Pregnant women should not take these medications. The drugs also enhance the potency of oral anti-clotting drugs.
Macrolides, Azalides, and Ketolides
Macrolides and azalides also affect the genetics of bacteria. These medications include:
- Azithromycin (Zithromax, Zmax)
- Clarithromycin (Biaxin)
- Roxithromycin (Rulid)
These antibiotics are effective against atypical bacteria such as mycoplasma and chlamydia. Macrolides are also used in some cases for S. pneumoniae and M. catarrhalis, but there is increasing bacterial resistance to these antibiotics. All but erythromycin are effective against H. influenzae. Macrolide-resistance rates doubled between 1995 and 1999 as more and more children were being treated with these antibiotics. Some research suggests these drugs may reduce the risk of a first heart attack in some patients by reducing inflammation in the blood vessels.
Extended-release (ER) azithromycin (Zmax) is the first anti-pneumonia antibiotic that can be given in a single dose. It is effective against Gram-positive, Gram-negative, and atypical bacteria. Studies have shown the results to be equal to those achieved with 7 days of levofloxacin or clarithromycin ER in patients with CAP. A single-dose antibiotic decreases the likelihood that a patient will stop taking the antibiotic early, which rapidly contributes to the development of drug-resistant bacteria.
Ketolides. Ketolides are a new class of antibiotic drugs. They are derived from erythromycin and were developed to combat bacteria that have become resistant to macrolides. Telithromycin (Ketek), the first antibiotic in the ketolide class, was approved by the FDA in 2004 for treating community-acquired pneumonia (CAP).
In February 2007, the FDA withdrew approval of Ketek for the treatment of acute bacterial sinusitis. The agency decided that the serious risks of telithromycin outweigh its benefits for sinusitis treatment. The decision followed several 2006 reports of patient deaths due to severe liver damage.
Telithromycin is still approved for the treatment of CAP, but the drug carries a black box warning noting the potentially serious side effects, including:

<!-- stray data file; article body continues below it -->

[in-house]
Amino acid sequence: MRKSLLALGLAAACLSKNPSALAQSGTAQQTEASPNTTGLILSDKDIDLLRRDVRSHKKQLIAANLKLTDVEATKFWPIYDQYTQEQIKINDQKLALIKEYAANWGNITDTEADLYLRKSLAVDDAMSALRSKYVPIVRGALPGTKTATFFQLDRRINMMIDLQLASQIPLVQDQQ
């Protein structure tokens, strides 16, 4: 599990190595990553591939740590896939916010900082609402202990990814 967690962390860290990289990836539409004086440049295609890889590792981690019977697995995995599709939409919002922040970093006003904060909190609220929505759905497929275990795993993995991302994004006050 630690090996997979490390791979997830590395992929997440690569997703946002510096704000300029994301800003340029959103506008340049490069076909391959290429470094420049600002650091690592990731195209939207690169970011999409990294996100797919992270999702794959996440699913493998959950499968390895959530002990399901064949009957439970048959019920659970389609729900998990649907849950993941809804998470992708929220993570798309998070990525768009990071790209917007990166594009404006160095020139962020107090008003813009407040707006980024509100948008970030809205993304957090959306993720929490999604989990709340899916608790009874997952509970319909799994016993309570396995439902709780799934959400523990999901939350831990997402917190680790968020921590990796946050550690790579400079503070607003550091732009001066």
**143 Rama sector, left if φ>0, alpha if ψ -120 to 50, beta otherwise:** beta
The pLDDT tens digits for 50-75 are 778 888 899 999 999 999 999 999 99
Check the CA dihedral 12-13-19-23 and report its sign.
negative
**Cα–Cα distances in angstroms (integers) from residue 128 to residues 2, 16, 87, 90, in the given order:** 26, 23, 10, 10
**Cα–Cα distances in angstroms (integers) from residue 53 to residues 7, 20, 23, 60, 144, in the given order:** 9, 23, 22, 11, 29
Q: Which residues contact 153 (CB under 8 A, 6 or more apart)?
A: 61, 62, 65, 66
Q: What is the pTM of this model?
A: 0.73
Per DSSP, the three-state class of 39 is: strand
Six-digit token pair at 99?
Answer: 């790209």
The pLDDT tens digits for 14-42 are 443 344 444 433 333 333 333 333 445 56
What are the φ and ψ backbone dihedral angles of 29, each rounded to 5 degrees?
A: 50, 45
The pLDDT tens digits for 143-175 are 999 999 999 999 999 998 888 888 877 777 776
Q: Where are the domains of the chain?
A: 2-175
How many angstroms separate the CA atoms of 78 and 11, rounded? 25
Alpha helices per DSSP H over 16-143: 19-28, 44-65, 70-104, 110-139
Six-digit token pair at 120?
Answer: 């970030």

- Liver failure
- Loss of consciousness
- Nerve and muscle (neuromuscular) problems
- Vision problems
Because of these side effects, telithromycin is only approved for patients with mild-to-moderate community-acquired pneumonia caused by penicillin- or macrolide-resistant S. pneumoniae. Other treatments are as effective, and are safer.
Tetracyclines inhibit the growth of bacteria. They include doxycycline, tetracycline, and minocycline. They can be effective against S. pneumoniae and M. catarrhalis, but bacteria that are resistant to penicillin are also often resistant to doxycycline. The side effects of tetracyclines include:
- Burning in the throat
- Skin reactions to sunlight
- Tooth discoloration
Aminoglycosides (gentamicin, kanamycin, tobramycin, amikacin) are given by injection for very serious bacterial infections. They can be given only in combination with other antibiotics. Some are available in inhaled forms or by applying a solution directly to mucus membranes, skin, or body cavities. They can have very serious side effects, including:
- Balance problems
- Hearing damage
- Kidney damage
Lincosamides prevent bacteria from reproducing. The most common lincosamide is clindamycin (Cleocin). This antibiotic is useful against S. pneumoniae and S. aureus, but not against H. influenzae.
Glycopeptides (vancomycin, teicoplanin) are used for Staphylococcus aureu s infections that have become resistant to standard antibiotics. The drug can be taken by mouth or given intravenously. The latest generation of glycopeptides, a derivative of vancomycin, is called telavancin. In studies of hospital-acquired pneumonia, it has shown promise for the treatment of Gram-positive pneumonia.
Trimethoprim-sulfamethoxazole (Bactrim, Cotrim, Septra) is less expensive than amoxicillin. It is particularly useful for adults with mild bacterial upper respiratory infections who are allergic to penicillin. The drug is no longer effective against certain streptococcal strains. It should not be used in patients whose infections occur after dental work, or in people who are allergic to sulfa drugs. Allergic reactions can be very serious.
Linezolid (Zyvox) is the first antibacterial drug in a new class of man-made antibiotics called oxazolidinones. It has been shown to work against certain aerobic Gram-positive bacteria.
Inhaled polymyxin, a drug used in cystic fibrosis patients, is showing some effectiveness against pneumonia caused by multidrug-resistant Gram-negative bacteria, including pseudomonas and klebsiella.